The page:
The Kelantan state assembly in 2021 passed amendments to the state’s sharia law, broadening its powers to include criminal acts, amid a surge in religious conservatism that has triggered more frequent cultural clashes in recent years.
A nine-member bench in the federal court ruled that the state did not have the power to enact laws that the federal constitution clearly placed under federal powers and under the jurisdiction of parliament.
Chief Justice Tengku Maimun Tuan Mat said only two of the 18 provisions under Kelantan’s amended sharia law passed muster and could be implemented by the state.
The rest of the provisions were “invalid” as they overstepped into federal jurisdiction, Tengku Maimun said when reading out the court’s 8-1 majority decision.
The Pan-Malaysian Islamic Party (PAS), which has led Kelantan since 1990, has been pushing for broader jurisdiction for sharia law, including the implementation of harsh penalties for crimes under hudud, the penal laws of Islam.
Kelantan deputy chief minister Mohamed Fadzil Hassan said they were “disappointed” with the court’s decision, adding that the onus is on the federal government to amend the federal constitution to accommodate greater powers for the sharia courts.
“PMX has a two-thirds majority,” Mohamed Fadzil told reporters outside the court, referring to the country’s current and 10th prime minister, Anwar Ibrahim, and the threshold needed in parliament to amend the federal constitution.
Kelantan-born lawyer Nik Elin Nik Abdul Rashid and her daughter had in 2022 filed a constitutional challenge to amendments to the state’s sharia law a year earlier, arguing that the state does not have the jurisdiction to enact laws that fall under federal powers.
Kelantan’s amended sharia criminal code would have given state religious authorities the power to act on and punish individuals for crimes such as sodomy, destroying or defiling paces of worship, vice and incest.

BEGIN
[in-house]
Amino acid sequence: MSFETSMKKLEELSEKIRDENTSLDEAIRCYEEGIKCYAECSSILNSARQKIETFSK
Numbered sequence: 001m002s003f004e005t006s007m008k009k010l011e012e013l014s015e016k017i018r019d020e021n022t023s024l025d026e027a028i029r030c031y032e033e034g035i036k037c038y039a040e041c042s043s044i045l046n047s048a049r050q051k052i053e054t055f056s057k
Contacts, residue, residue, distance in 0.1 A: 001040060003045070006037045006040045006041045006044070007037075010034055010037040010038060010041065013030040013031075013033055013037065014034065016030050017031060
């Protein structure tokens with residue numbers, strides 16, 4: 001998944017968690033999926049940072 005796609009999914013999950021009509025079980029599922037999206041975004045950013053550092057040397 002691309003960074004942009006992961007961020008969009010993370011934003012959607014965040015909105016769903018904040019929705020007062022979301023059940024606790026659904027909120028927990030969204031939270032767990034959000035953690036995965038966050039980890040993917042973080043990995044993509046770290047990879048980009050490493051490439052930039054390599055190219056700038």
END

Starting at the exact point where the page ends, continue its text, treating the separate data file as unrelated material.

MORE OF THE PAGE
The challenge triggered outrage among Islamists and leaders in PAS – which dominates Kelantan’s state assembly – with some claiming it was a ploy to diminish the role and influence of the sharia courts.
Nik Elin said she was happy with the ruling and that it was for the benefit of all Malaysians.
“Alhamdulillah (Praise be to God), after being insulted, cursed … I’m very thankful and grateful,” Nik Elin said when met outside the court, adding that she has received a lot of support every time she went back to Kelantan.
At least a thousand PAS supporters gathered outside the court as a show of solidarity for the state’s push to broaden sharia powers.
Chief Justice Tengku Maimun said the case was strictly to examine whether there was an overreach by Kelantan when it passed the contentious amendments.
“The issue before us has nothing to do with the position of Islam and sharia court in this country,” she said.
In an immediate response to the judgment, Religious Affairs Minister Mohd Na’im Mokhtar urged for calm and gave assurance that the government would continue to guarantee the continued existence of the sharia courts as provided for under the federal constitution.
“Several adjustments to existing plans will be done in line with this judgment. We will implement all existing avenues and opportunities to empower the sharia courts,” Mohd Na’im said in a statement.
Prime Minister Anwar’s administration has grappled with weak support from the Malay-Muslim majority, who voted in droves for a Malay nationalist opposition that includes PAS in the 2022 national election.
PAS emerged as the single largest party with 43 out of the 222 seats in parliament, on the back of a “green wave” – so-called to reflect PAS’ primary colour – that analysts say was driven by widespread anger among the Malays over soaring living costs and the perceived failure of the political elites to protect their rights and privileges.
The Malays, who account for nearly 60 per cent of Malaysia’s 33 million population, have long enjoyed a special status as Bumiputra – which loosely translates to “sons of the soil” – affording them preferential treatment that includes university quotas, housing discounts and access to government-guaranteed investment schemes.